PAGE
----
Aboriginal and Torres Strait Islander people continue to struggle to have their voices heard. They have faced and continue to face generational challenges. The Victorian Aboriginal Legal Service (VALS) has been fighting for the rights of Aboriginal and Torres Strait Islanders since 1973. VALS is horrified that there have been 432 Aboriginal deaths in custody since the Royal Commission into Aboriginal Deaths in Custody almost 30 years ago.  VALS echoes the calls of our community that the following needs to happen:

End the mass imprisonment of Aboriginal and Torres Strait Islander peoples by repealing punitive bail laws; mandatory sentencing laws; and decriminalising public drunkenness.

Stop imprisoning Aboriginal and Torres Strait Islander children and raise the age of legal responsibility from 10 to at least 14 years.

End racist policing and require police accountability by ending the practice of police investigating police, and legislating for independent investigations of deaths in custody and resourcing independent police oversight bodies.

Implement all recommendations from the Royal Commission into Aboriginal Deaths in Custody and the countless independent investigations, coronial inquests and reports that have been published in the three decades since.

End the abuse, torture and solitary confinement of Aboriginal and Torres Strait Islander people in police and prison cells through legislative safeguards and by urgently establishing independent bodies to oversee the conditions of detention and treatment of people; in accordance with our obligations under the Optional Protocol to the Convention Against Torture and Other Cruel, Inhuman or Degrading Treatment or Punishment (OPCAT).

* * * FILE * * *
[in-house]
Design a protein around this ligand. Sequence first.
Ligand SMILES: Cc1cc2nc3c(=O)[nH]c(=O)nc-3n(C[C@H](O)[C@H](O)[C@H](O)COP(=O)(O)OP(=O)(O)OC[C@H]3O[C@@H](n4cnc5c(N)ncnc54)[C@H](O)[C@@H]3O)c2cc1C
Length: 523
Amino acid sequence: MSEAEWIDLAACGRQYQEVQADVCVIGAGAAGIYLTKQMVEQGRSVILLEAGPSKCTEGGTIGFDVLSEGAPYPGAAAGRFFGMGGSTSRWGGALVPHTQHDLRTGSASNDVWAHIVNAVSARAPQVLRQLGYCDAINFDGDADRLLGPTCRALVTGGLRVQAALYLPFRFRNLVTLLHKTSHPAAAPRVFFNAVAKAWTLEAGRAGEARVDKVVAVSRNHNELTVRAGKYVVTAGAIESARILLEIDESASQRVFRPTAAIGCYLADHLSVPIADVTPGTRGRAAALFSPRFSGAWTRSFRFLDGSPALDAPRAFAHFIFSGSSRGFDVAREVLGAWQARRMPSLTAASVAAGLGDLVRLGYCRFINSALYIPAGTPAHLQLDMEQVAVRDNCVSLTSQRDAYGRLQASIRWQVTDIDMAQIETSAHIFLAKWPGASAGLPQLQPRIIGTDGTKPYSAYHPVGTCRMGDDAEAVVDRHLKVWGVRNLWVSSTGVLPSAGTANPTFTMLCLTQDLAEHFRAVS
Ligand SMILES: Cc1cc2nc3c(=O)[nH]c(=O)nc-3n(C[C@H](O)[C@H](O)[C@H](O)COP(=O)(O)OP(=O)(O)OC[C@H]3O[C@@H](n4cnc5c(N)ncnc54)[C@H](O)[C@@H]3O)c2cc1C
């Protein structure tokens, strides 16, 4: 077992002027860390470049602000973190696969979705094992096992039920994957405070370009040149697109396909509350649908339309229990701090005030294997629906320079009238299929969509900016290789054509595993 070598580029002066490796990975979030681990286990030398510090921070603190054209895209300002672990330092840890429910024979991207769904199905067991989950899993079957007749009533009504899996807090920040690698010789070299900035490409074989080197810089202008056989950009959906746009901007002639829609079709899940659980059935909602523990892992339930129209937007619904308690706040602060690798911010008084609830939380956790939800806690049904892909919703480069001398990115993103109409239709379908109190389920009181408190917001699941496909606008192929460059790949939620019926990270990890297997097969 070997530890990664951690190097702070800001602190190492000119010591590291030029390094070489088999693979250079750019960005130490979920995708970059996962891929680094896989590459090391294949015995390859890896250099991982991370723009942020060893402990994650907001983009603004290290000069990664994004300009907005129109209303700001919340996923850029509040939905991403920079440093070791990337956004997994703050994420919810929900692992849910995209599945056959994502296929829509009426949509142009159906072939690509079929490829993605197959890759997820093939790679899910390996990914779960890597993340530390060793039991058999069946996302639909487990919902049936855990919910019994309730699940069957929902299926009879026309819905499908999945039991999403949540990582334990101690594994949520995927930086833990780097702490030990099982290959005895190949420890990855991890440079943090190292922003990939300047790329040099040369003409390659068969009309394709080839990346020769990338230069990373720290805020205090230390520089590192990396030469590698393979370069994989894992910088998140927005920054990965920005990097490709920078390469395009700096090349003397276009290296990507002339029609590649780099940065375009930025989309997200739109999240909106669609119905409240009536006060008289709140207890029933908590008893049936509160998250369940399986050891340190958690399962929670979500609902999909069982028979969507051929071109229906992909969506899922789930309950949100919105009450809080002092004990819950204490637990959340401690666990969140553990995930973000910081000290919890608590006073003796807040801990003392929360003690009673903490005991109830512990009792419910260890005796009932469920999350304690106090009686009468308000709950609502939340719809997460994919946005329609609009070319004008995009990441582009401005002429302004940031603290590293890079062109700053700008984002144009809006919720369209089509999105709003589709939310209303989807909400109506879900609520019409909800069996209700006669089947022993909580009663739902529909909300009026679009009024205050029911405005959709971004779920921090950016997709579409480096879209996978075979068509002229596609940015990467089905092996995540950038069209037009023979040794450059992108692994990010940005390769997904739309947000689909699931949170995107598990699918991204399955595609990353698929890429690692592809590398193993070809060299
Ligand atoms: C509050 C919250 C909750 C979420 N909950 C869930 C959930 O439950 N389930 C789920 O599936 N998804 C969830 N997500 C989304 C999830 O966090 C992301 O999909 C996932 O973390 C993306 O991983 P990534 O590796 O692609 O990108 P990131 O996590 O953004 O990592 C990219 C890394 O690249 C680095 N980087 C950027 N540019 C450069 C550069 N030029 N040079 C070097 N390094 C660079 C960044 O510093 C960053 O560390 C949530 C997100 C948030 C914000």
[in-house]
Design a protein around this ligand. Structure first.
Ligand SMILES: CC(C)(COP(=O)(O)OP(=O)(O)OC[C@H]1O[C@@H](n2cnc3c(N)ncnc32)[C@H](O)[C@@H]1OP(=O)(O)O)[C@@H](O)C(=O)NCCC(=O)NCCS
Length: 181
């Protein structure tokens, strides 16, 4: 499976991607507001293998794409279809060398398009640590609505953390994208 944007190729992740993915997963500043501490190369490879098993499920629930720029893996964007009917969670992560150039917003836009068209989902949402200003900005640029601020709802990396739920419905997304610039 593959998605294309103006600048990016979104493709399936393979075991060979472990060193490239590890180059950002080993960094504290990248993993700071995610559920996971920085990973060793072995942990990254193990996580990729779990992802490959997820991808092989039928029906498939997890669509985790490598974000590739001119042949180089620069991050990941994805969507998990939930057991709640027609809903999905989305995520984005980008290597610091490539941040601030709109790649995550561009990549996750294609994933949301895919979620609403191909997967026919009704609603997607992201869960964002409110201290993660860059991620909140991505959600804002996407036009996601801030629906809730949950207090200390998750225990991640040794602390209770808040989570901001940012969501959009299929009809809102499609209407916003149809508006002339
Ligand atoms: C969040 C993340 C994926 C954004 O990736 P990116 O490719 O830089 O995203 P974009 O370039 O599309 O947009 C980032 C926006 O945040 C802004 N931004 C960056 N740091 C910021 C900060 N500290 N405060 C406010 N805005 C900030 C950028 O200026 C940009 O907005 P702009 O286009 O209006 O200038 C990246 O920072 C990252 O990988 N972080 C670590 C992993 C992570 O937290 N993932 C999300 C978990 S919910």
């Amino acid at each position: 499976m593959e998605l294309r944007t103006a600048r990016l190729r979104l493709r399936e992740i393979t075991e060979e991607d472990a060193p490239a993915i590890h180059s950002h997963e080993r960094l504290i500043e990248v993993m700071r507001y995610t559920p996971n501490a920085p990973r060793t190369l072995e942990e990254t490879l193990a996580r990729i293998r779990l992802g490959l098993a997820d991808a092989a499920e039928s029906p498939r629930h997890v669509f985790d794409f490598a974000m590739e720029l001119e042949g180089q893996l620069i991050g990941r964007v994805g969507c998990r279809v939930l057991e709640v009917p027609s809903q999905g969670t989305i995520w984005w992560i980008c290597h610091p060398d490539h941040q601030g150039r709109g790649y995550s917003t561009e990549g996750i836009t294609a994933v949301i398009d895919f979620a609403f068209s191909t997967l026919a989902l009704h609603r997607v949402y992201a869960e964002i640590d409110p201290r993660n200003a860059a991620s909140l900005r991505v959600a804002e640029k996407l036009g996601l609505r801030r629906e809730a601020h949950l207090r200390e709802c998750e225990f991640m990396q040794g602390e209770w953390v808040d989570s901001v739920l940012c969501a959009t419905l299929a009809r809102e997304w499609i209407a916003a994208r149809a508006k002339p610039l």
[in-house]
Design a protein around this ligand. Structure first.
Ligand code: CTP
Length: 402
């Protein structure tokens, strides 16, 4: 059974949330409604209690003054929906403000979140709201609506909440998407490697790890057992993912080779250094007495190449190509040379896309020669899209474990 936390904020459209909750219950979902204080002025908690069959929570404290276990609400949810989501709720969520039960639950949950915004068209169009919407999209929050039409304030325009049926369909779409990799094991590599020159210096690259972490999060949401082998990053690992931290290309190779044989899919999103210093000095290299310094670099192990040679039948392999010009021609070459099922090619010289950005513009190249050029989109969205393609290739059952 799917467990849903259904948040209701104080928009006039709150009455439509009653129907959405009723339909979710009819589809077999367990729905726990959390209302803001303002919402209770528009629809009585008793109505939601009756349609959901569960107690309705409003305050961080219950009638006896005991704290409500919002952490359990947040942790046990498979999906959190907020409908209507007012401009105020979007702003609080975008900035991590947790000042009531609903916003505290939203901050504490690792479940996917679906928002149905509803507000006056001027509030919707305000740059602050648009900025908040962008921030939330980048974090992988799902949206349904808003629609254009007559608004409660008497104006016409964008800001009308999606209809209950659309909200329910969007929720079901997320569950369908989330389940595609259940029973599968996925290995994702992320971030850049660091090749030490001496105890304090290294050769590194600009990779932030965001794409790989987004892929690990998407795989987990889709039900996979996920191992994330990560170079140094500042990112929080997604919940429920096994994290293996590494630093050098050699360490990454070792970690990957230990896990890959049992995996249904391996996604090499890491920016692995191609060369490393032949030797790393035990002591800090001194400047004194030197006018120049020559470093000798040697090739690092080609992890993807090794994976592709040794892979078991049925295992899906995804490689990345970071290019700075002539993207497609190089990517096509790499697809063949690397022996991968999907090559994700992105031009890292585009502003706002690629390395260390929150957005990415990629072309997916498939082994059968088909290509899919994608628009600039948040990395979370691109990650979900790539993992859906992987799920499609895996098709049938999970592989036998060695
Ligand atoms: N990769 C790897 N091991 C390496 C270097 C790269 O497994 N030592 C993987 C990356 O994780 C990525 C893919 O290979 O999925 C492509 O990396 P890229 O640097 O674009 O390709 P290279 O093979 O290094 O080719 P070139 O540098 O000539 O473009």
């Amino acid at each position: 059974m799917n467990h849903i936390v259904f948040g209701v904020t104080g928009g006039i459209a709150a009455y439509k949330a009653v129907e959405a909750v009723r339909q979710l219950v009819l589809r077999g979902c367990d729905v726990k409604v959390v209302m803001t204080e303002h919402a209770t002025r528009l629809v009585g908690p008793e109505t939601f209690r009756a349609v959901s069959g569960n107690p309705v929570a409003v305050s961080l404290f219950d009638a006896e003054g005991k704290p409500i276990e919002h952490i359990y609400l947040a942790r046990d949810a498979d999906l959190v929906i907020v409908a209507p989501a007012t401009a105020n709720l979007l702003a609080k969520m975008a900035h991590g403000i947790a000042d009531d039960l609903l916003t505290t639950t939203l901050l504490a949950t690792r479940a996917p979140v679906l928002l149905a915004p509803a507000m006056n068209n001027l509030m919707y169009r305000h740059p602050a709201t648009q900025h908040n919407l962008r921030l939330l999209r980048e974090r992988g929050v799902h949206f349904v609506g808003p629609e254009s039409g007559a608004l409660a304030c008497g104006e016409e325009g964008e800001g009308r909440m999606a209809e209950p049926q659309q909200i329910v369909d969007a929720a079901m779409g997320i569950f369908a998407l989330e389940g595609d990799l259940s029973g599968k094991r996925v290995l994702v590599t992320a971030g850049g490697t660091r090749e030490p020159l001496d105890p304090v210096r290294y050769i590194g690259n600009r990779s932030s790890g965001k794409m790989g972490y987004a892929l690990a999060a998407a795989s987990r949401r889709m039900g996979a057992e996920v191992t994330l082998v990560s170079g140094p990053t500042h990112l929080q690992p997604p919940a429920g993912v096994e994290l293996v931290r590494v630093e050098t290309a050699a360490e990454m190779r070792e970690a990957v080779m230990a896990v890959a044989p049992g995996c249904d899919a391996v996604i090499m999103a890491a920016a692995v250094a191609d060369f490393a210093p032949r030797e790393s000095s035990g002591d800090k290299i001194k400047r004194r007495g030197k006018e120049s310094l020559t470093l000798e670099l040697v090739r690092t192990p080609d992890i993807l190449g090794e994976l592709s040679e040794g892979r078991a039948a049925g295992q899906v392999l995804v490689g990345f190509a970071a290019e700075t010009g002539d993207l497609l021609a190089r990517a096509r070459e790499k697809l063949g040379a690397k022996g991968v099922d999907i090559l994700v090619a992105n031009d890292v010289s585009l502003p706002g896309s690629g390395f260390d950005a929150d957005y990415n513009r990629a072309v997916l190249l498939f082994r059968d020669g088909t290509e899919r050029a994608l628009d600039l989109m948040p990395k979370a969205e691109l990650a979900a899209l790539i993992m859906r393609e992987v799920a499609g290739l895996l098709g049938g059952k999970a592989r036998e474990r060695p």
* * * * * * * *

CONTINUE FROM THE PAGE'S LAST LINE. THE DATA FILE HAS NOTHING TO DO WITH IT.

Through Wirraway, our Specialist Legal and Litigation Practice, we seek to increase our advocacy on these matters and ensure greater accountability in police misconduct, corrections services, other Government departments and in policy activity to promote and drive change.

The Practice seeks to champion the rights of Aboriginal and Torres Strait Islander peoples that would not ordinary be able to access such advocacy. The Practice is committed to supporting the just treatment and just outcomes of Aboriginal and Torres Strait Islander people throughout Victoria. The Team are seeking to increased advocacy opportunities to bring attention to the need for improved policing practices and better approaches to custodial practices.

The Practice is called Wirraway because it is a Wurundjeri word meaning challenge. The Practice understands the challenges of Aboriginal and Torres Strait Islander communities and seeks to address them. The Practice ensures that the truth is heard and that the voices of all Aboriginal and Torres Strait Islander peoples are at the forefront. The Practice is also committed to working with Corrections Victoria and Victoria Police to see better outcomes for Aboriginal and Torres Strait Islander peoples and to promote improved police practices within the Victoria Police, that are informed by cultural understanding of the Aboriginal people of Victoria.

To determine eligibility VALS will:

  • enquire as to the Aboriginality of the client;